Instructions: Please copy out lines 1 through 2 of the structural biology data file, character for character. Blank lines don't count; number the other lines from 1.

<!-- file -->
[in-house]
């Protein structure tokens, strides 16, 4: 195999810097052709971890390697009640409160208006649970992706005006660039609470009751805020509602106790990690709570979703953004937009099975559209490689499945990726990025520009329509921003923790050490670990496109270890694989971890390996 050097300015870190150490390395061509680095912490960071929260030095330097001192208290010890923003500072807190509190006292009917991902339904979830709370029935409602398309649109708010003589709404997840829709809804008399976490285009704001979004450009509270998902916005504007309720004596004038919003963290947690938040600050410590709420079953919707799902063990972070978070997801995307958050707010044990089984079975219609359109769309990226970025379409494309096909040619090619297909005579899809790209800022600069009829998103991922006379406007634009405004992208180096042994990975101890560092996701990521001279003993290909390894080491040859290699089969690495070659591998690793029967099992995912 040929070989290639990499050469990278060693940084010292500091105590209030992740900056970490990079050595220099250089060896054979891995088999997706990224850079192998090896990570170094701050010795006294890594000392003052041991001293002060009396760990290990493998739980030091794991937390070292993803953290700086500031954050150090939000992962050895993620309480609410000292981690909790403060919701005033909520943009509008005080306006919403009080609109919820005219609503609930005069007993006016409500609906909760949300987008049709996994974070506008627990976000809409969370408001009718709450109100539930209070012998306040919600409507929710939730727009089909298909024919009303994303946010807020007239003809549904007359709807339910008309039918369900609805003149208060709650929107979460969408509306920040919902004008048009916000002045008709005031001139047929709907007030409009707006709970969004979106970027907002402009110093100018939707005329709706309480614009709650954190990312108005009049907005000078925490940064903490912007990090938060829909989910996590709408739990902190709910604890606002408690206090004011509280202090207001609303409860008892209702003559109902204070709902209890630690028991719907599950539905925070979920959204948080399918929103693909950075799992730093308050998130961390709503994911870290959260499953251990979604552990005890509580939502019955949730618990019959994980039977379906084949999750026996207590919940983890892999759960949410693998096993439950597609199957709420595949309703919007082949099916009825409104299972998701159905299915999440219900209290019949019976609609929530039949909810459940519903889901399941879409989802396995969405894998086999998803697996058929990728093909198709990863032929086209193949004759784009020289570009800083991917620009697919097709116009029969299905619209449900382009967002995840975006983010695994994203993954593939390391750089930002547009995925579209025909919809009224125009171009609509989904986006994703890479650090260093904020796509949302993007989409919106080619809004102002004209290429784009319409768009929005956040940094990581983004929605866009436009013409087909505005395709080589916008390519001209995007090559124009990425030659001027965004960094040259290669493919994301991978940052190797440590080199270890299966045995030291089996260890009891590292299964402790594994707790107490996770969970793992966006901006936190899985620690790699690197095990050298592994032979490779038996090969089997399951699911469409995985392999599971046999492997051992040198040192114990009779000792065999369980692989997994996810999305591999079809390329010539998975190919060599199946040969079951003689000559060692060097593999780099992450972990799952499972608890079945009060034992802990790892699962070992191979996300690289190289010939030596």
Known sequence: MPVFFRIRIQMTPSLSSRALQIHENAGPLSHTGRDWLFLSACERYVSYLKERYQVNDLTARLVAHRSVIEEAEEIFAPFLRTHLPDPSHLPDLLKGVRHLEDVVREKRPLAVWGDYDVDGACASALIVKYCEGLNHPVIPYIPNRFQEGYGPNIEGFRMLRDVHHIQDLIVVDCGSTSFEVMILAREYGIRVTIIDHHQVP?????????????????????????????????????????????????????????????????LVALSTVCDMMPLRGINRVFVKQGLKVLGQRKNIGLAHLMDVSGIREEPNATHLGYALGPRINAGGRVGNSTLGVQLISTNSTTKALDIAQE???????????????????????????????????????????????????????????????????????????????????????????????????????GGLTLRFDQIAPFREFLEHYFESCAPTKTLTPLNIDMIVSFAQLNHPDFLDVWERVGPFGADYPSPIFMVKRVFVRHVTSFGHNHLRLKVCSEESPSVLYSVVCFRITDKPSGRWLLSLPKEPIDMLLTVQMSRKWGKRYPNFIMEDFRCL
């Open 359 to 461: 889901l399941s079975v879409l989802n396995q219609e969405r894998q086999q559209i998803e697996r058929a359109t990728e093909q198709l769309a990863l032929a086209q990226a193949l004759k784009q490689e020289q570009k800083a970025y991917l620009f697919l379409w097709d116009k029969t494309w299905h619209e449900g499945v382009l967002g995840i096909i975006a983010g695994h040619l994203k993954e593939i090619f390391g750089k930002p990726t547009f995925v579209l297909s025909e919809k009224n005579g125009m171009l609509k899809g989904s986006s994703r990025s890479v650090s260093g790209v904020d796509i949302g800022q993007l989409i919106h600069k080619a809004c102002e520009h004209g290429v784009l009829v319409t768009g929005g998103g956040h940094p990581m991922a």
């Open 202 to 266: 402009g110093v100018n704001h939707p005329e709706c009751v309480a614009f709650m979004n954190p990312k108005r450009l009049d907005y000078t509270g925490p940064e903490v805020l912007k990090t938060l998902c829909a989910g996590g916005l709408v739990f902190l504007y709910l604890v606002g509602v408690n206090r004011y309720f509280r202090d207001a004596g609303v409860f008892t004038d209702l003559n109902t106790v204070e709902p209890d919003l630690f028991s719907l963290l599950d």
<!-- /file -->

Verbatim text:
[in-house]
């Protein structure tokens, strides 16, 4: 195999810097052709971890390697009640409160208006649970992706005006660039609470009751805020509602106790990690709570979703953004937009099975559209490689499945990726990025520009329509921003923790050490670990496109270890694989971890390996 050097300015870190150490390395061509680095912490960071929260030095330097001192208290010890923003500072807190509190006292009917991902339904979830709370029935409602398309649109708010003589709404997840829709809804008399976490285009704001979004450009509270998902916005504007309720004596004038919003963290947690938040600050410590709420079953919707799902063990972070978070997801995307958050707010044990089984079975219609359109769309990226970025379409494309096909040619090619297909005579899809790209800022600069009829998103991922006379406007634009405004992208180096042994990975101890560092996701990521001279003993290909390894080491040859290699089969690495070659591998690793029967099992995912 040929070989290639990499050469990278060693940084010292500091105590209030992740900056970490990079050595220099250089060896054979891995088999997706990224850079192998090896990570170094701050010795006294890594000392003052041991001293002060009396760990290990493998739980030091794991937390070292993803953290700086500031954050150090939000992962050895993620309480609410000292981690909790403060919701005033909520943009509008005080306006919403009080609109919820005219609503609930005069007993006016409500609906909760949300987008049709996994974070506008627990976000809409969370408001009718709450109100539930209070012998306040919600409507929710939730727009089909298909024919009303994303946010807020007239003809549904007359709807339910008309039918369900609805003149208060709650929107979460969408509306920040919902004008048009916000002045008709005031001139047929709907007030409009707006709970969004979106970027907002402009110093100018939707005329709706309480614009709650954190990312108005009049907005000078925490940064903490912007990090938060829909989910996590709408739990902190709910604890606002408690206090004011509280202090207001609303409860008892209702003559109902204070709902209890630690028991719907599950539905925070979920959204948080399918929103693909950075799992730093308050998130961390709503994911870290959260499953251990979604552990005890509580939502019955949730618990019959994980039977379906084949999750026996207590919940983890892999759960949410693998096993439950597609199957709420595949309703919007082949099916009825409104299972998701159905299915999440219900209290019949019976609609929530039949909810459940519903889901399941879409989802396995969405894998086999998803697996058929990728093909198709990863032929086209193949004759784009020289570009800083991917620009697919097709116009029969299905619209449900382009967002995840975006983010695994994203993954593939390391750089930002547009995925579209025909919809009224125009171009609509989904986006994703890479650090260093904020796509949302993007989409919106080619809004102002004209290429784009319409768009929005956040940094990581983004929605866009436009013409087909505005395709080589916008390519001209995007090559124009990425030659001027965004960094040259290669493919994301991978940052190797440590080199270890299966045995030291089996260890009891590292299964402790594994707790107490996770969970793992966006901006936190899985620690790699690197095990050298592994032979490779038996090969089997399951699911469409995985392999599971046999492997051992040198040192114990009779000792065999369980692989997994996810999305591999079809390329010539998975190919060599199946040969079951003689000559060692060097593999780099992450972990799952499972608890079945009060034992802990790892699962070992191979996300690289190289010939030596």